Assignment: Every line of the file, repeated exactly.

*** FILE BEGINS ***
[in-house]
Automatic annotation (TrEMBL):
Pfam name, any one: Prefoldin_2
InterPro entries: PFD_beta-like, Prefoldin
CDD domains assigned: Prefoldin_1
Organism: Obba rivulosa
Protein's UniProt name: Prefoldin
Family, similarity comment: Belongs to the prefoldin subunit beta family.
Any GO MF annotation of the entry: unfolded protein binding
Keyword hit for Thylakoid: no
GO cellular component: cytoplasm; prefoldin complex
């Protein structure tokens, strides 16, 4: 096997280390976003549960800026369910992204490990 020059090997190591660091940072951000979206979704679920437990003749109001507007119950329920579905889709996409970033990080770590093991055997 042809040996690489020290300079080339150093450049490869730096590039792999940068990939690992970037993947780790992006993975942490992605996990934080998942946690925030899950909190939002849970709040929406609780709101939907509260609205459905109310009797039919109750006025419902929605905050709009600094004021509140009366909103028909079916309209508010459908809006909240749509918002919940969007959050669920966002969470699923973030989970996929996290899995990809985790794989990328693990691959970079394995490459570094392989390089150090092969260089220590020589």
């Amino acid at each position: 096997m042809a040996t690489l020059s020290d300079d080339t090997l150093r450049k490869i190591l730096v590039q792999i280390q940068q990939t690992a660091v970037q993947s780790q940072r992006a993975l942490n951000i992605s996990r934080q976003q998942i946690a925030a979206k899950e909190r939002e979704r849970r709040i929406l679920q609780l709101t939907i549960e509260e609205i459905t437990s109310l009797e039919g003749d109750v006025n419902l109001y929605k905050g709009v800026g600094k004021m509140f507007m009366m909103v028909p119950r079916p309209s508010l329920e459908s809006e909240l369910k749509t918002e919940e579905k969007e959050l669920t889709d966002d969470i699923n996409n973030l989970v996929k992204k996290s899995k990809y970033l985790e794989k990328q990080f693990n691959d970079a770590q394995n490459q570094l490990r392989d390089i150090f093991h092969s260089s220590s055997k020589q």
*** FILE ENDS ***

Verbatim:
[in-house]
Automatic annotation (TrEMBL):
Pfam name, any one: Prefoldin_2
InterPro entries: PFD_beta-like, Prefoldin
CDD domains assigned: Prefoldin_1
Organism: Obba rivulosa
Protein's UniProt name: Prefoldin
Family, similarity comment: Belongs to the prefoldin subunit beta family.
Any GO MF annotation of the entry: unfolded protein binding
Keyword hit for Thylakoid: no
GO cellular component: cytoplasm; prefoldin complex
């Protein structure tokens, strides 16, 4: 096997280390976003549960800026369910992204490990 020059090997190591660091940072951000979206979704679920437990003749109001507007119950329920579905889709996409970033990080770590093991055997 042809040996690489020290300079080339150093450049490869730096590039792999940068990939690992970037993947780790992006993975942490992605996990934080998942946690925030899950909190939002849970709040929406609780709101939907509260609205459905109310009797039919109750006025419902929605905050709009600094004021509140009366909103028909079916309209508010459908809006909240749509918002919940969007959050669920966002969470699923973030989970996929996290899995990809985790794989990328693990691959970079394995490459570094392989390089150090092969260089220590020589």
């Amino acid at each position: 096997m042809a040996t690489l020059s020290d300079d080339t090997l150093r450049k490869i190591l730096v590039q792999i280390q940068q990939t690992a660091v970037q993947s780790q940072r992006a993975l942490n951000i992605s996990r934080q976003q998942i946690a925030a979206k899950e909190r939002e979704r849970r709040i929406l679920q609780l709101t939907i549960e509260e609205i459905t437990s109310l009797e039919g003749d109750v006025n419902l109001y929605k905050g709009v800026g600094k004021m509140f507007m009366m909103v028909p119950r079916p309209s508010l329920e459908s809006e909240l369910k749509t918002e919940e579905k969007e959050l669920t889709d966002d969470i699923n996409n973030l989970v996929k992204k996290s899995k990809y970033l985790e794989k990328q990080f693990n691959d970079a770590q394995n490459q570094l490990r392989d390089i150090f093991h092969s260089s220590s055997k020589q």